Yoyok and Mahendra are serving a three-year sentence for burning a poster of President Megawati at a non-violent demonstration in Indonesia. That they and others have spent time in Indonesia's jails simply for the peaceful expression of their right to free expression in the post-Soeharto era highlights the gap between what is perceived to be a country on the road to respecting fundamental rights and the reality on the ground.
These cases also demonstrate the weakness of Indonesia's judiciary and its susceptibility to political interference. Indonesia's courts have not only failed to protect the basic rights of its citizens in these cases, but shown that Indonesia's "third branch" of government remains a long way from playing its role in a rights-respecting society. The judges in these cases have clearly failed to appreciate, or even acknowledge, the human rights implications that arise from the application of laws that severely restrict basic political rights.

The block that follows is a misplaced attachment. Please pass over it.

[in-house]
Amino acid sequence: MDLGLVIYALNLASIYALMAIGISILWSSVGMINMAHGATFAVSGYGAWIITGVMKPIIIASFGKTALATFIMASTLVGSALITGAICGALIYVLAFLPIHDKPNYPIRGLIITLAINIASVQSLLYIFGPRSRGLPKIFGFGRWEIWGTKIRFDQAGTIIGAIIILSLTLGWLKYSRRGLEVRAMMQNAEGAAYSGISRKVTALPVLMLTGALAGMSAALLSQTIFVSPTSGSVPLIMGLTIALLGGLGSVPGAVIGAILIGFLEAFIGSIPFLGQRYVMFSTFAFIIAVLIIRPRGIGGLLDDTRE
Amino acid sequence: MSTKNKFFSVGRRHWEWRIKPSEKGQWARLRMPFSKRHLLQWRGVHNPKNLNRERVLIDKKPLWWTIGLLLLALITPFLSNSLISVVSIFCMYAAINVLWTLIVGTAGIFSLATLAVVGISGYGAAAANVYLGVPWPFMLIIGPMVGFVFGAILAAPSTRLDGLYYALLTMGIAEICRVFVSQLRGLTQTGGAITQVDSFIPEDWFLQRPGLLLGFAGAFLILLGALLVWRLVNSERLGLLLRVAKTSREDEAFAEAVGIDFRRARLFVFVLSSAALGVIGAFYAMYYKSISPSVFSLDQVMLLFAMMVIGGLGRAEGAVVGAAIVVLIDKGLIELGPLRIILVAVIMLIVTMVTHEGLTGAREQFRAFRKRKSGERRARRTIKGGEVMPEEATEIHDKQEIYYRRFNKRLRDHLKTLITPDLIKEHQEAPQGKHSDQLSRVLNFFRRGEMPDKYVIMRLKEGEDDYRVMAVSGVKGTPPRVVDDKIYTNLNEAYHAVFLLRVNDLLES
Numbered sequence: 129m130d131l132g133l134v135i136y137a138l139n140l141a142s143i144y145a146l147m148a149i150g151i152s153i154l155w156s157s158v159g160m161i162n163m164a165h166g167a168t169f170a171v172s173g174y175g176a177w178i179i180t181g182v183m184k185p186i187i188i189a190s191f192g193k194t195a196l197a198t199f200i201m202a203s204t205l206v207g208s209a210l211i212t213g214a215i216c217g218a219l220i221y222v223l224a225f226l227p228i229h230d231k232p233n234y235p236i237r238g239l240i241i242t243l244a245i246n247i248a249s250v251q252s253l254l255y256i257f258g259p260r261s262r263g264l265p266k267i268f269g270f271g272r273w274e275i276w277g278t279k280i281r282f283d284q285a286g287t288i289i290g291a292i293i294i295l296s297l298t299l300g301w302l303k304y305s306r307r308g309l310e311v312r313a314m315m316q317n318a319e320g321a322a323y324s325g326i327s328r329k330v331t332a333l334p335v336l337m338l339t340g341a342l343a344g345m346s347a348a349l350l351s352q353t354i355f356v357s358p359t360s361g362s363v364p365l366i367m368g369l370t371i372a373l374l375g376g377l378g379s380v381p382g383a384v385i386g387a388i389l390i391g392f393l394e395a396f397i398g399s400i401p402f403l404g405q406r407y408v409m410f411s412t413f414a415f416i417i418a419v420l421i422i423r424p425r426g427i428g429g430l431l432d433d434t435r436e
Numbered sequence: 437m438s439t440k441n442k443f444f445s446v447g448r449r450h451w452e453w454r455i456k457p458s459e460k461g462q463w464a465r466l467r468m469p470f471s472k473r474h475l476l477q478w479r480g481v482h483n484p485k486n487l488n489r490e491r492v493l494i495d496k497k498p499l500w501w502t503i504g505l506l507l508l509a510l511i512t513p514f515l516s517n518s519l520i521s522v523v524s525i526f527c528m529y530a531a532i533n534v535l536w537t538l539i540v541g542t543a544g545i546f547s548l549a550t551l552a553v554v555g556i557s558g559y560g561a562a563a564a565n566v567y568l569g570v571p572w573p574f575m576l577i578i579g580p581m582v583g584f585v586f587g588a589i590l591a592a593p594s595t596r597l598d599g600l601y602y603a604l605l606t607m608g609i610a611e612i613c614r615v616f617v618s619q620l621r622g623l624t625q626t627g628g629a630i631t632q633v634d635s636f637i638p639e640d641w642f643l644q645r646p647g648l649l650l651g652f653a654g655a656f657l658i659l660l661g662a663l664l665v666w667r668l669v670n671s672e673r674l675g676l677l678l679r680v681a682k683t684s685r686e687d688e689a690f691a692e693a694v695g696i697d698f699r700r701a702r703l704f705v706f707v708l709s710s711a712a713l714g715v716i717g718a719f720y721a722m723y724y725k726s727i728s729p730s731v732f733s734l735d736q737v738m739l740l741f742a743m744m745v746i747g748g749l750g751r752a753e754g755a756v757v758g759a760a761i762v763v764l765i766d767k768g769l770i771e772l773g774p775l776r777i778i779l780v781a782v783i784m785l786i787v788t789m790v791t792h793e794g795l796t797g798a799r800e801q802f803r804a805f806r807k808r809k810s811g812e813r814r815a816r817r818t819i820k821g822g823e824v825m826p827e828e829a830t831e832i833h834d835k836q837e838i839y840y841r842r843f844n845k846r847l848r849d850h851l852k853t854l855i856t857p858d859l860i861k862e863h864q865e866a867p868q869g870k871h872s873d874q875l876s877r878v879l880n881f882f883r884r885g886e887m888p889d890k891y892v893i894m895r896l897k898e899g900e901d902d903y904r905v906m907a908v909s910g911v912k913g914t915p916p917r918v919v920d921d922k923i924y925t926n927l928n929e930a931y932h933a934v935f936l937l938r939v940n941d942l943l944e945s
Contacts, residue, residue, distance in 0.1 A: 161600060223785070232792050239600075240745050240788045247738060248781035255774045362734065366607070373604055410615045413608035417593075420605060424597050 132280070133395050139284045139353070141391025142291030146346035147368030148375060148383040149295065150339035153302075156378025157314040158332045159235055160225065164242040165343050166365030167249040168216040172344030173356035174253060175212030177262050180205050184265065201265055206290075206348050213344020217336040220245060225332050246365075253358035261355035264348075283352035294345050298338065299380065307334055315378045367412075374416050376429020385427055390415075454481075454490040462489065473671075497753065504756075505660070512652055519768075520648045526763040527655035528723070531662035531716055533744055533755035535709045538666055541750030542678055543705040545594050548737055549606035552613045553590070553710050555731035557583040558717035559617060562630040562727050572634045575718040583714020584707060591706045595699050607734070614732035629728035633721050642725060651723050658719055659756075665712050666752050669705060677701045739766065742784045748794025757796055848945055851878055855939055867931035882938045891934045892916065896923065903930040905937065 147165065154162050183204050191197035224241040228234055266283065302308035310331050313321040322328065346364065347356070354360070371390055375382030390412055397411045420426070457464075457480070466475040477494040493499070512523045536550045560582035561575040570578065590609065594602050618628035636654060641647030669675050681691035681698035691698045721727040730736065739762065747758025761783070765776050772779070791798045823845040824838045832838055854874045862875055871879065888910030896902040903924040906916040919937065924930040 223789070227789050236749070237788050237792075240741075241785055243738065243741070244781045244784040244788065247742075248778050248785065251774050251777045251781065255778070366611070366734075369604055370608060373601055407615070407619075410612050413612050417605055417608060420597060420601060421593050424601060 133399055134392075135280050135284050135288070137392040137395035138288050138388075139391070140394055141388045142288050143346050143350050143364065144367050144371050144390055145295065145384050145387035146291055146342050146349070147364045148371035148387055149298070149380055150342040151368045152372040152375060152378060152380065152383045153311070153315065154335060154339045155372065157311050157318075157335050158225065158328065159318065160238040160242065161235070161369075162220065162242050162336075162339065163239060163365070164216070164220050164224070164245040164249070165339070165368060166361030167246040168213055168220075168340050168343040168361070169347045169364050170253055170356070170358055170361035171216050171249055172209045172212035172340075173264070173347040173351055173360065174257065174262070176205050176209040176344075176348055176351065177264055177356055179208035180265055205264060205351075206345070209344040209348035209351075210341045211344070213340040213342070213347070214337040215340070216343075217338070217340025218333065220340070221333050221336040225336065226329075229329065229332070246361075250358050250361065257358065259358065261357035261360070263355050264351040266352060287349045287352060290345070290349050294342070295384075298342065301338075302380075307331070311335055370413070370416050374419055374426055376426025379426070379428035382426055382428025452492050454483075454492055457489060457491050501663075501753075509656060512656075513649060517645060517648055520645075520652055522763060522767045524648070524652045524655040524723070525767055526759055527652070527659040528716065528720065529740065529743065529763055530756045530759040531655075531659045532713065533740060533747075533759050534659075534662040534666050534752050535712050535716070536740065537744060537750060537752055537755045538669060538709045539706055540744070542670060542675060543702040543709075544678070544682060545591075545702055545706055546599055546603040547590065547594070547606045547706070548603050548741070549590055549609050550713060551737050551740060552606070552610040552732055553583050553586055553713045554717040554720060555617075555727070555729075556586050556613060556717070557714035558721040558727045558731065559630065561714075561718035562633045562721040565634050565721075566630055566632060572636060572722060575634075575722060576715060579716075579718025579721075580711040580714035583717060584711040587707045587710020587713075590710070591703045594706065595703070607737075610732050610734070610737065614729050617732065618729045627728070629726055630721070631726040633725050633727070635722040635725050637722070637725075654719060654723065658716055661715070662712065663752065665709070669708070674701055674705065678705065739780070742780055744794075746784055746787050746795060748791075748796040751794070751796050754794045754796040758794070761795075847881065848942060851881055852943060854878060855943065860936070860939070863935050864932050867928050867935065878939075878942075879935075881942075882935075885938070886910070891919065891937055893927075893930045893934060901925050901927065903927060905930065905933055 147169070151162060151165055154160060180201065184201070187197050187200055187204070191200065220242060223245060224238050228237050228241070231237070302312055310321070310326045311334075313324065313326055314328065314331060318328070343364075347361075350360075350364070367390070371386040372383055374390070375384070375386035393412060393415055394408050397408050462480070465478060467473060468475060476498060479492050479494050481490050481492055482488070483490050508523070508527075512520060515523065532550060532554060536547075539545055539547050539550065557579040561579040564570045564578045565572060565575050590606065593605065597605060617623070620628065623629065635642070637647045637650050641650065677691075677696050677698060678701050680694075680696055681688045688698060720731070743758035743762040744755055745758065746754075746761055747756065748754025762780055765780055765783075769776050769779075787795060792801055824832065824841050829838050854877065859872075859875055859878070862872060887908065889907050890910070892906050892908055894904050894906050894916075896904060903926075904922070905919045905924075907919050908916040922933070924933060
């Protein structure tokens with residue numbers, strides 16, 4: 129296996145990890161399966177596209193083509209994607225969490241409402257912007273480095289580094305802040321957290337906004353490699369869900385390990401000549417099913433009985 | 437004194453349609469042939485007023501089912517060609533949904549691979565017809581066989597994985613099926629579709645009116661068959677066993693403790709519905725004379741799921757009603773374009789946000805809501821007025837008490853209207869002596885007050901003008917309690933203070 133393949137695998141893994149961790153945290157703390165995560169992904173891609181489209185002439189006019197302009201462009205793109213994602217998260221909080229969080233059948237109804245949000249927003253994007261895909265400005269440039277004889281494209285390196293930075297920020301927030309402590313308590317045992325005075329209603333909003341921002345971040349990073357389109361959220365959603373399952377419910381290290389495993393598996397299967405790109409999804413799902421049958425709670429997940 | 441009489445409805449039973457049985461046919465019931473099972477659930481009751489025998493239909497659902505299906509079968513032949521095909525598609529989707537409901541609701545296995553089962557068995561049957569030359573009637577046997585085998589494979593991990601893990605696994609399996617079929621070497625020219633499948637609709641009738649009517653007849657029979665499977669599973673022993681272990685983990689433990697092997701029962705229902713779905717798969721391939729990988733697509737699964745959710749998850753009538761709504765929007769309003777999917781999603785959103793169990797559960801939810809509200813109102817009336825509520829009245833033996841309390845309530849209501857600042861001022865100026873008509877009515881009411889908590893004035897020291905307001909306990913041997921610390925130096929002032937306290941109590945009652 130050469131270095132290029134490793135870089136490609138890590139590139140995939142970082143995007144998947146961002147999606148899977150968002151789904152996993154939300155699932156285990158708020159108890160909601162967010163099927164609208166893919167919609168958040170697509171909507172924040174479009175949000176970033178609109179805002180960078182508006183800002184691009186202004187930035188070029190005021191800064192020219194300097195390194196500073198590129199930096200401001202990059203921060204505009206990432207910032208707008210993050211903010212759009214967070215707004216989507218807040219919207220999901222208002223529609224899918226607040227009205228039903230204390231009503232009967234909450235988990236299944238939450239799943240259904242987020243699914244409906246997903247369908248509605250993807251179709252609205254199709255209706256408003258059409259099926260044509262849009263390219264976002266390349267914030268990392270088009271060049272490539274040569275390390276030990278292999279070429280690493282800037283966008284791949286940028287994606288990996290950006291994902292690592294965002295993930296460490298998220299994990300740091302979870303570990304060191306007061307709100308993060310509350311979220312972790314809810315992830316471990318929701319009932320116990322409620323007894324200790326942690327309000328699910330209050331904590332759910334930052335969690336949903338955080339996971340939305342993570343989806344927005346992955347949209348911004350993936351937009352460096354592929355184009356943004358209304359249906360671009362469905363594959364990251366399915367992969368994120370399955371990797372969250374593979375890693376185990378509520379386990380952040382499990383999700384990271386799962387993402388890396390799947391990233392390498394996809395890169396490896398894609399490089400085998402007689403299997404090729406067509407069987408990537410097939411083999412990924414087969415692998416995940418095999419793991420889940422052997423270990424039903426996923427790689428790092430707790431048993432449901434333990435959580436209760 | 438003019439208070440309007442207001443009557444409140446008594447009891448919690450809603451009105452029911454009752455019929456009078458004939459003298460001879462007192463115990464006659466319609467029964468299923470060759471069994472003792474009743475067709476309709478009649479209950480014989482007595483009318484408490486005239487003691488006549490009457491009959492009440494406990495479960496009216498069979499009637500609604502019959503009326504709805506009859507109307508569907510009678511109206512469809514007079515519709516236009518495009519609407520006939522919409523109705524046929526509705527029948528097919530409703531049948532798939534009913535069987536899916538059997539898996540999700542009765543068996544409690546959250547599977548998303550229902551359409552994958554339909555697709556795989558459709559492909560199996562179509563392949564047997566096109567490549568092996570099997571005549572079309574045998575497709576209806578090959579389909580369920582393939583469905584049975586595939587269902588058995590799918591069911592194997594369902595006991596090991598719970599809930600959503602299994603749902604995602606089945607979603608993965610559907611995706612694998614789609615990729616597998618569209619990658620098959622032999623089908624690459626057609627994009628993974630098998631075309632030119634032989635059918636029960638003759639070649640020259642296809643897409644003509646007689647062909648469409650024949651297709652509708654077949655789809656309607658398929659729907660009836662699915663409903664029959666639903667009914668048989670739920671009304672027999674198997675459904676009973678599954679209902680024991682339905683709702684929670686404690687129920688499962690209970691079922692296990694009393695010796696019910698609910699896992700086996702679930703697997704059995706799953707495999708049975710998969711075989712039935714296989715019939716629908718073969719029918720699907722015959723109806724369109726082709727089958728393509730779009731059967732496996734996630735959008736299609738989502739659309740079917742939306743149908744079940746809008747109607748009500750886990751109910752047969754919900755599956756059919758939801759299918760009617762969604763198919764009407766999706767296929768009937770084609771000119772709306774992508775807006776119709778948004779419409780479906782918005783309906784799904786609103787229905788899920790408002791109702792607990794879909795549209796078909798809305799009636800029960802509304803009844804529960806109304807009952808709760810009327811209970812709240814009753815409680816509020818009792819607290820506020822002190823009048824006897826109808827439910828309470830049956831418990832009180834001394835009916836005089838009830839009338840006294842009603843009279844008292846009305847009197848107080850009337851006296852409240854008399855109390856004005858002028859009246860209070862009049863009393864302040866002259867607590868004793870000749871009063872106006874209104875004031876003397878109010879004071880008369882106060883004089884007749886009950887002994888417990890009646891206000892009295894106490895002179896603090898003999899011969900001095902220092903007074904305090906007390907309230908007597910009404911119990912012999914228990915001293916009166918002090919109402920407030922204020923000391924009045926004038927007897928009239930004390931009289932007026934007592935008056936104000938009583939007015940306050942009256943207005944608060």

This is not just the view of an international human rights organization. During one of the trials detailed above, the defense argued that "the judicial institution has even become an effective `killing machine.'"86
The failure of the judiciary to act as a brake on the more venal inclinations of the executive branch makes the need for repeal of these laws even more urgent. It is not possible to argue that such facially repressive laws pose only a hypothetical threat that can be addressed through the restraint of the executive or the jurisprudence of the judiciary. This progeny of colonialism and homegrown dictatorship must be relegated to the dustbin of history as soon as possible.